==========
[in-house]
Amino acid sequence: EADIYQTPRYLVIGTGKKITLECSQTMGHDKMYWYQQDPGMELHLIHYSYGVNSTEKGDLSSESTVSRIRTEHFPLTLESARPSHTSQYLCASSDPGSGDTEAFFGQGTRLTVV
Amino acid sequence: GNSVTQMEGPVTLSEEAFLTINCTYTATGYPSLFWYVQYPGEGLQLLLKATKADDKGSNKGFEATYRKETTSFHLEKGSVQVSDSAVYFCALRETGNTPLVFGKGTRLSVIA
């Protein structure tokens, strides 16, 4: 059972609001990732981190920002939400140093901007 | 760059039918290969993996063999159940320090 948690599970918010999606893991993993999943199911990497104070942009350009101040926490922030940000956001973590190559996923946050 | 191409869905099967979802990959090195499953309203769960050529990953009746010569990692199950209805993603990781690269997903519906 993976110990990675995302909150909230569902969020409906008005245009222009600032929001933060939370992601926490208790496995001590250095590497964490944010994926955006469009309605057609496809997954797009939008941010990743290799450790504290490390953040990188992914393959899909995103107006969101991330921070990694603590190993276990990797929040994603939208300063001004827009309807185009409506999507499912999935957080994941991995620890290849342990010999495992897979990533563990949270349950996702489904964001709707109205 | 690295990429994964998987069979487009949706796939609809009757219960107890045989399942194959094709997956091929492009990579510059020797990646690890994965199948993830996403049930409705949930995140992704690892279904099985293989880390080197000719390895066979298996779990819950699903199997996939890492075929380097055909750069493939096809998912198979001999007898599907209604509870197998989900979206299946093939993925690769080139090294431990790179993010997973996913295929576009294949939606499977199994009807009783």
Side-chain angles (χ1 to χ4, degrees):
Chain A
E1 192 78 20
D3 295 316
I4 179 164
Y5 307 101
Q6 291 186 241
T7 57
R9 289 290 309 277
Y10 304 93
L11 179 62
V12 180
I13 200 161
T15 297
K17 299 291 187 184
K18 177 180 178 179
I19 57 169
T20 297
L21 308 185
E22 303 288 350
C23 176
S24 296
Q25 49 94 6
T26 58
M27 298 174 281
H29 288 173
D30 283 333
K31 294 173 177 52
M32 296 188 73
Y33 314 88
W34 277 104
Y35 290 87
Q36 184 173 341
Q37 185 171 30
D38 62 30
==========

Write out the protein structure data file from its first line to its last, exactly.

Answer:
[in-house]
Amino acid sequence: EADIYQTPRYLVIGTGKKITLECSQTMGHDKMYWYQQDPGMELHLIHYSYGVNSTEKGDLSSESTVSRIRTEHFPLTLESARPSHTSQYLCASSDPGSGDTEAFFGQGTRLTVV
Amino acid sequence: GNSVTQMEGPVTLSEEAFLTINCTYTATGYPSLFWYVQYPGEGLQLLLKATKADDKGSNKGFEATYRKETTSFHLEKGSVQVSDSAVYFCALRETGNTPLVFGKGTRLSVIA
């Protein structure tokens, strides 16, 4: 059972609001990732981190920002939400140093901007 | 760059039918290969993996063999159940320090 948690599970918010999606893991993993999943199911990497104070942009350009101040926490922030940000956001973590190559996923946050 | 191409869905099967979802990959090195499953309203769960050529990953009746010569990692199950209805993603990781690269997903519906 993976110990990675995302909150909230569902969020409906008005245009222009600032929001933060939370992601926490208790496995001590250095590497964490944010994926955006469009309605057609496809997954797009939008941010990743290799450790504290490390953040990188992914393959899909995103107006969101991330921070990694603590190993276990990797929040994603939208300063001004827009309807185009409506999507499912999935957080994941991995620890290849342990010999495992897979990533563990949270349950996702489904964001709707109205 | 690295990429994964998987069979487009949706796939609809009757219960107890045989399942194959094709997956091929492009990579510059020797990646690890994965199948993830996403049930409705949930995140992704690892279904099985293989880390080197000719390895066979298996779990819950699903199997996939890492075929380097055909750069493939096809998912198979001999007898599907209604509870197998989900979206299946093939993925690769080139090294431990790179993010997973996913295929576009294949939606499977199994009807009783």
Side-chain angles (χ1 to χ4, degrees):
Chain A
E1 192 78 20
D3 295 316
I4 179 164
Y5 307 101
Q6 291 186 241
T7 57
R9 289 290 309 277
Y10 304 93
L11 179 62
V12 180
I13 200 161
T15 297
K17 299 291 187 184
K18 177 180 178 179
I19 57 169
T20 297
L21 308 185
E22 303 288 350
C23 176
S24 296
Q25 49 94 6
T26 58
M27 298 174 281
H29 288 173
D30 283 333
K31 294 173 177 52
M32 296 188 73
Y33 314 88
W34 277 104
Y35 290 87
Q36 184 173 341
Q37 185 171 30
D38 62 30